Vibrations Can Cause Structural Damage

Most people are familiar with natural causes attributed to foundation cracking such as earthquakes, wind, poor soil conditions, freezing and thawing cycles, tree roots, and moisture in the soil. Although vibrations caused by natural causes endanger structures, vibrations caused by man-made efforts may be troublesome as well. Common construction activities such as large equipment traffic, drilling, blasting and soil compaction produce ground vibrations which conceivably damage nearby buildings or homes.

Demolition and new foundation work are common sources of vibrations that can cause an area effect. The tools and methods used in demolition and construction, such as pile drivers, jack hammers, wrecking balls, pavement breakers and rock blasting produce vibrations that may be transmitted to and can result in claims involving:

• exterior cracking of façades
• interior cracking of walls
• roof collapse / structural failure
• pavement & foundation cracking

The underlying issues are often:

• differences in materials where they join
• insufficient or defective materials
• inadequate water management techniques used for drainage or rainwater
• settling of soil
• voids existing within grading of soil
• fasteners may become loose with excessive vibration
• inadequate maintenance
• insect invasion

What can be done to verify how the damage occurred? First, an engineer will examine and evaluate damages to the structure and second, they will evaluate the construction activities. This is accomplished by determining the following:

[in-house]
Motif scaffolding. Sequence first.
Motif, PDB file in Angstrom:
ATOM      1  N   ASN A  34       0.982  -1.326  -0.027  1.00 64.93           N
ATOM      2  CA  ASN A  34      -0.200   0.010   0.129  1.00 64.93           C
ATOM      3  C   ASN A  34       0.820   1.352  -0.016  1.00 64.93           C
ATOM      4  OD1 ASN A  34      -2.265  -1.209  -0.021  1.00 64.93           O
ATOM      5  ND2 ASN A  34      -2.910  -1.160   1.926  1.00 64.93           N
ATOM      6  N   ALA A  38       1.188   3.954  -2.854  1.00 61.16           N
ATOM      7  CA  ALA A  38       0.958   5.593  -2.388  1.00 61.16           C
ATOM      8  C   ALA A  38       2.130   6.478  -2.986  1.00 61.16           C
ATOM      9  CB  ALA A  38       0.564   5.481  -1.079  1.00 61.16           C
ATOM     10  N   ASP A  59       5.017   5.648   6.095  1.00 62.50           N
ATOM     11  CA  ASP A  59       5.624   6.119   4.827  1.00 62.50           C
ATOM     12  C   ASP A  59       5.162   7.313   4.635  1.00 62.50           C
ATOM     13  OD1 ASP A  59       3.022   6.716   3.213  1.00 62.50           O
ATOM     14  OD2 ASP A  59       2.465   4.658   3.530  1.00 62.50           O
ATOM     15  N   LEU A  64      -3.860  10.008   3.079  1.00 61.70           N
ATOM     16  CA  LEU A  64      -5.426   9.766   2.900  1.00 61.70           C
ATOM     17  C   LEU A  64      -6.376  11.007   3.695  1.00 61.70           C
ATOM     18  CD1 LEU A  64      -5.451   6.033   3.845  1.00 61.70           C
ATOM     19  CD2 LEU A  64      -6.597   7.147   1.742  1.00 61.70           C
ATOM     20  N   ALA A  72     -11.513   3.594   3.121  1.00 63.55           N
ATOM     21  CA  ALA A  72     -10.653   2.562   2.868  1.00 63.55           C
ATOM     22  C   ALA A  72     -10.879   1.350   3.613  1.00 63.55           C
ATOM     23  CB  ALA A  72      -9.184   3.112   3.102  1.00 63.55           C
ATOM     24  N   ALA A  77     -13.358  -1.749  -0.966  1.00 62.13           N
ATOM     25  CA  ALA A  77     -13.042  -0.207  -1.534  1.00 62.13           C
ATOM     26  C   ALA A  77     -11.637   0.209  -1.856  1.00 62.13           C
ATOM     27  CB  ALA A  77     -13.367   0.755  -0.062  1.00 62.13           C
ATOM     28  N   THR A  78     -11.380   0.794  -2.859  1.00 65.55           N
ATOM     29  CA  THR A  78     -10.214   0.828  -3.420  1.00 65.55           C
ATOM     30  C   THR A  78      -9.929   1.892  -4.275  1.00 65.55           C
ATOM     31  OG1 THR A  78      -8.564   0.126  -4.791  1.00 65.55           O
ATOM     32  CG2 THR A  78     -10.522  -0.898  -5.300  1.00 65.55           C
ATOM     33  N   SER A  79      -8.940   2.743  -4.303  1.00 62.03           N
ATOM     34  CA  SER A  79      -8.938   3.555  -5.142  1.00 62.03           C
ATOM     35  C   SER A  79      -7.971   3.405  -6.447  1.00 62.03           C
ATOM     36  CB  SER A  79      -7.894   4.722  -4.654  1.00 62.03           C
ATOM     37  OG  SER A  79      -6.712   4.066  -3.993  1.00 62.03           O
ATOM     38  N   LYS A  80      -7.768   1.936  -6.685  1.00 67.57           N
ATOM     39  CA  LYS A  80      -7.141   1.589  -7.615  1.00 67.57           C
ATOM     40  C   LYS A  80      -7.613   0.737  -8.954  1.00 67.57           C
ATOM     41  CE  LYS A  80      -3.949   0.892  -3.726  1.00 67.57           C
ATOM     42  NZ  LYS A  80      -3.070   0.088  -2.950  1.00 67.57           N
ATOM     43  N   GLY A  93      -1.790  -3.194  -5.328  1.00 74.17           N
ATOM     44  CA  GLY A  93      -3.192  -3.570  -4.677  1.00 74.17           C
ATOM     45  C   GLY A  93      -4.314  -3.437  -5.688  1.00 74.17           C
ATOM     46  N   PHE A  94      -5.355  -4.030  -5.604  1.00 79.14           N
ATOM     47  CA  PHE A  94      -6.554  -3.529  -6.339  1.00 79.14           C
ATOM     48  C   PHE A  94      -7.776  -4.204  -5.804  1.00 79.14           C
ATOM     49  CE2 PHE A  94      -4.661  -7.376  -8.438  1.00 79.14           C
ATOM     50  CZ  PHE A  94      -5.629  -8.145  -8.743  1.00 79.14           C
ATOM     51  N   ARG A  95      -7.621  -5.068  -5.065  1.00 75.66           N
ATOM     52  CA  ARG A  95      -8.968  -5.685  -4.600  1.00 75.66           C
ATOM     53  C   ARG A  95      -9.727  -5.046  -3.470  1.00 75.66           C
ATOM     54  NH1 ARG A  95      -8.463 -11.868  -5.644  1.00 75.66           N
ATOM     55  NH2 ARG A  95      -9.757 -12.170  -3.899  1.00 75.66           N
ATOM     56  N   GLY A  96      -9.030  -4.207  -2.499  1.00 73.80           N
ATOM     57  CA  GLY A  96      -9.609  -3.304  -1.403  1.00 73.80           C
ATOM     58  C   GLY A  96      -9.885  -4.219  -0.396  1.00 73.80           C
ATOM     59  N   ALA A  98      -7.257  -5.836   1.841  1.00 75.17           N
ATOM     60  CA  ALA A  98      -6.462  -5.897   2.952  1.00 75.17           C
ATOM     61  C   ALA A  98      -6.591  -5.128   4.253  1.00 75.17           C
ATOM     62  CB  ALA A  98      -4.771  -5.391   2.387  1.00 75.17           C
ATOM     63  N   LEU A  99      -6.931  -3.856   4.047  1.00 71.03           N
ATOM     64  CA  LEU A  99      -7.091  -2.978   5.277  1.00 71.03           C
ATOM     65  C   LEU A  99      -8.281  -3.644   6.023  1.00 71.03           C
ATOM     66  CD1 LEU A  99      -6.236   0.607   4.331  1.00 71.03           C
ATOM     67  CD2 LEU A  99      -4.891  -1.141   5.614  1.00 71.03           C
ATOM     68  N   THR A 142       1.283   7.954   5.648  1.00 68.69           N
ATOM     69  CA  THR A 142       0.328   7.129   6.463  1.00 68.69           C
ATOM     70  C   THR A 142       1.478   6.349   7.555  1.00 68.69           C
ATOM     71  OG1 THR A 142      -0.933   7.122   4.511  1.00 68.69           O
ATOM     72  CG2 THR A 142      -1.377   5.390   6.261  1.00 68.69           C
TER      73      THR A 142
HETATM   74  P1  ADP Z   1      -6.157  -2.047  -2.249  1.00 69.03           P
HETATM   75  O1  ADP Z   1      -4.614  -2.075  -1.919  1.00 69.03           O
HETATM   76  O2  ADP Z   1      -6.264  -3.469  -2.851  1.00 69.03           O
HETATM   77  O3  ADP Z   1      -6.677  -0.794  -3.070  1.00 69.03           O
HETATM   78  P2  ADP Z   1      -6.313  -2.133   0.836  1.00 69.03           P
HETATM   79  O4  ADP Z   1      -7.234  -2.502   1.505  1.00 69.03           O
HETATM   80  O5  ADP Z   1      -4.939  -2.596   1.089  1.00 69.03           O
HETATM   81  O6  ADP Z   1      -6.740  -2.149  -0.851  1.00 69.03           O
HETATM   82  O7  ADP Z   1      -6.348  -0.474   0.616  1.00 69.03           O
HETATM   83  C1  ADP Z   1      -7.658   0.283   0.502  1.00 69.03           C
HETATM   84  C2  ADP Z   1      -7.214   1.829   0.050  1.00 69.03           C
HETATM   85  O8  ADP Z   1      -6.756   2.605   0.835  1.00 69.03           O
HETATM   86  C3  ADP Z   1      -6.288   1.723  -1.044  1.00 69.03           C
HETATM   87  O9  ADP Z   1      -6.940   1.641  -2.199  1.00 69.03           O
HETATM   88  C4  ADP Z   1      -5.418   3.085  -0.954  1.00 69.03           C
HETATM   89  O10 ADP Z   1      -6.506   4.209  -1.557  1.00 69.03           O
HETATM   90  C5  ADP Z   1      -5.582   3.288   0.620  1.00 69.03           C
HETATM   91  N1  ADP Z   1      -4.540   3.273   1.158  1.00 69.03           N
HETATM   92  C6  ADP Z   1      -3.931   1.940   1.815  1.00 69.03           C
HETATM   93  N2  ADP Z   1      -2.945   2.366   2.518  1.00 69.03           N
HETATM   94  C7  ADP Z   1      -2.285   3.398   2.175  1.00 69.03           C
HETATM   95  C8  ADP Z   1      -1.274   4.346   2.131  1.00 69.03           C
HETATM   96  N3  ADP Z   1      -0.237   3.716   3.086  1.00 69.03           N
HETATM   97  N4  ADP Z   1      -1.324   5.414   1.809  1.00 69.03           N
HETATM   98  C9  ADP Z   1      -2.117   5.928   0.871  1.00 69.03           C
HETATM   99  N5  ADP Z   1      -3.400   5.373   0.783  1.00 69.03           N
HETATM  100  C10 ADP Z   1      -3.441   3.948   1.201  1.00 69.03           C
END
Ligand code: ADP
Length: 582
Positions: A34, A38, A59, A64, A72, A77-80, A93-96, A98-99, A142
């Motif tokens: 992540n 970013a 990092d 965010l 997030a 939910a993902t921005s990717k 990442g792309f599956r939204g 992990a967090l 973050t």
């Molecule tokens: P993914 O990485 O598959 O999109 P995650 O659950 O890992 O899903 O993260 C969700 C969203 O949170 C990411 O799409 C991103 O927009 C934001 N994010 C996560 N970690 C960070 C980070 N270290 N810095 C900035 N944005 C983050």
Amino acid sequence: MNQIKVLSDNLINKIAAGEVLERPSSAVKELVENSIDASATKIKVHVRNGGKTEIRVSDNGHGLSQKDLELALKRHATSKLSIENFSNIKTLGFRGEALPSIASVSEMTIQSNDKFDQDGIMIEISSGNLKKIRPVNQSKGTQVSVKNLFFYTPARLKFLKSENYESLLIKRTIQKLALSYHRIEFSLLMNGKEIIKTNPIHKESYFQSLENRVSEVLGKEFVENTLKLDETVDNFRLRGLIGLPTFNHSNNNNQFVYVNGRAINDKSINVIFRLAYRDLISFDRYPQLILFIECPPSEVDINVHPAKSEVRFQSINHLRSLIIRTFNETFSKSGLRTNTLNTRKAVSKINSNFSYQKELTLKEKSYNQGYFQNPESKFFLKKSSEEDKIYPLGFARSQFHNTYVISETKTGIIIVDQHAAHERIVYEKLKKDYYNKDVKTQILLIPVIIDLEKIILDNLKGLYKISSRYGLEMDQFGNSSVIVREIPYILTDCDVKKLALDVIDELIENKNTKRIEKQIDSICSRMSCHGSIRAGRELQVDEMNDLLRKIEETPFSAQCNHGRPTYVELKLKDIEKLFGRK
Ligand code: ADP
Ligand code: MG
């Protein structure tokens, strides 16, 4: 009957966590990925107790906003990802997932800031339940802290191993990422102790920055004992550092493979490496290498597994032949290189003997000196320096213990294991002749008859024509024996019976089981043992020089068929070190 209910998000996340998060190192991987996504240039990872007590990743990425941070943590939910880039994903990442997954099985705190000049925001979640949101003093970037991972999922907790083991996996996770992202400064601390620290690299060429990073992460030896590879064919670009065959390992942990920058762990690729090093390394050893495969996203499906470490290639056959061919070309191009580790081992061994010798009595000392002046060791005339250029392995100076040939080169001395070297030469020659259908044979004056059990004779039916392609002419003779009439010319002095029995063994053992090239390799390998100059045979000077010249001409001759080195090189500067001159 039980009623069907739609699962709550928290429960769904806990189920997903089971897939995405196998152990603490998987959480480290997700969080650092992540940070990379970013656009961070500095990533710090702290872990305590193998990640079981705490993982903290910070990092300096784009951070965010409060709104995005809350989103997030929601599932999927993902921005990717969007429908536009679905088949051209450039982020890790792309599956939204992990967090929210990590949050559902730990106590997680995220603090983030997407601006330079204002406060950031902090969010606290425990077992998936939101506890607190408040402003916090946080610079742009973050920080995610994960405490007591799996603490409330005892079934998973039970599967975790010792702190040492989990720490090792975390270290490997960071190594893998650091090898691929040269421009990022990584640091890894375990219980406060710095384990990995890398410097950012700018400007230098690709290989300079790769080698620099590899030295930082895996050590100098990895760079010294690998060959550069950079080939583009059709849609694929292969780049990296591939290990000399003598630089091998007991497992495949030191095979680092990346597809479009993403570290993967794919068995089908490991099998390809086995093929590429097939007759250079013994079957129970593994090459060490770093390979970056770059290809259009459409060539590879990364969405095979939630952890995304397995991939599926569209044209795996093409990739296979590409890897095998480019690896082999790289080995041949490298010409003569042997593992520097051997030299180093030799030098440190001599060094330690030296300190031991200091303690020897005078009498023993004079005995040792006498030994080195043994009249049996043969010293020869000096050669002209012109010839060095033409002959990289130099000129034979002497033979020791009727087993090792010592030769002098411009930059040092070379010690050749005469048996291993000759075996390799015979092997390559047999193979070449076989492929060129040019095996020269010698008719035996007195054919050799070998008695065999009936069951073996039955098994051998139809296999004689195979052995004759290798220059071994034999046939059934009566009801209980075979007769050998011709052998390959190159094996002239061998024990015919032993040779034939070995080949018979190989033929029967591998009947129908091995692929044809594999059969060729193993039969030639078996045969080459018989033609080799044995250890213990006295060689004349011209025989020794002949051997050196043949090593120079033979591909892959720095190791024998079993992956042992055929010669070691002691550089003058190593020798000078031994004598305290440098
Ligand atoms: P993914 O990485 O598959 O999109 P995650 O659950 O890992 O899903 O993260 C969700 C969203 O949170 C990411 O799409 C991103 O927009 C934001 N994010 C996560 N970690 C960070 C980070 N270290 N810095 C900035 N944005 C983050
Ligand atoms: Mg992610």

• if any vibration imparted to the soils, violate the “Peak Particle Velocity” guidelines
• seismograph readings (often taken during time of work/construction)
• whether adjoining structures were evaluated or photographed to measure potential shifts, cracks, settling or uplifting to them
• was the water table evaluated in cases where dewatering would be a necessary construction technique
• evaluate and/or analyze the following:
type of construction or equipment being utilized
• proximity of damage to location of work being completed
was blasting close and how large were the explosives
see/ask if items fell off shelves
documentation provided by those undertaking the construction
what are weights of the machinery and vehicles traversing the site
age of the cracks
sharpness of the crack edges
growth of the cracks
older paint present
other witness marks
look for other potential causes of the cracking such as a water leak, blunt force, etc.

As you can see by the above list, evaluating structural damage is not a simple process. CED engineers’ training and experience allows them to uncover the extent and cause of structural damages–whether the cause turns out to be nearby construction, storms, or defective materials or techniques. Our engineers understand the methods of vibration measurement and analysis and follow established procedures during testing. Therefore, should you require assistance in structural damage assessment due to suspected vibration, call us at (800) 780-4221 or please visit our website at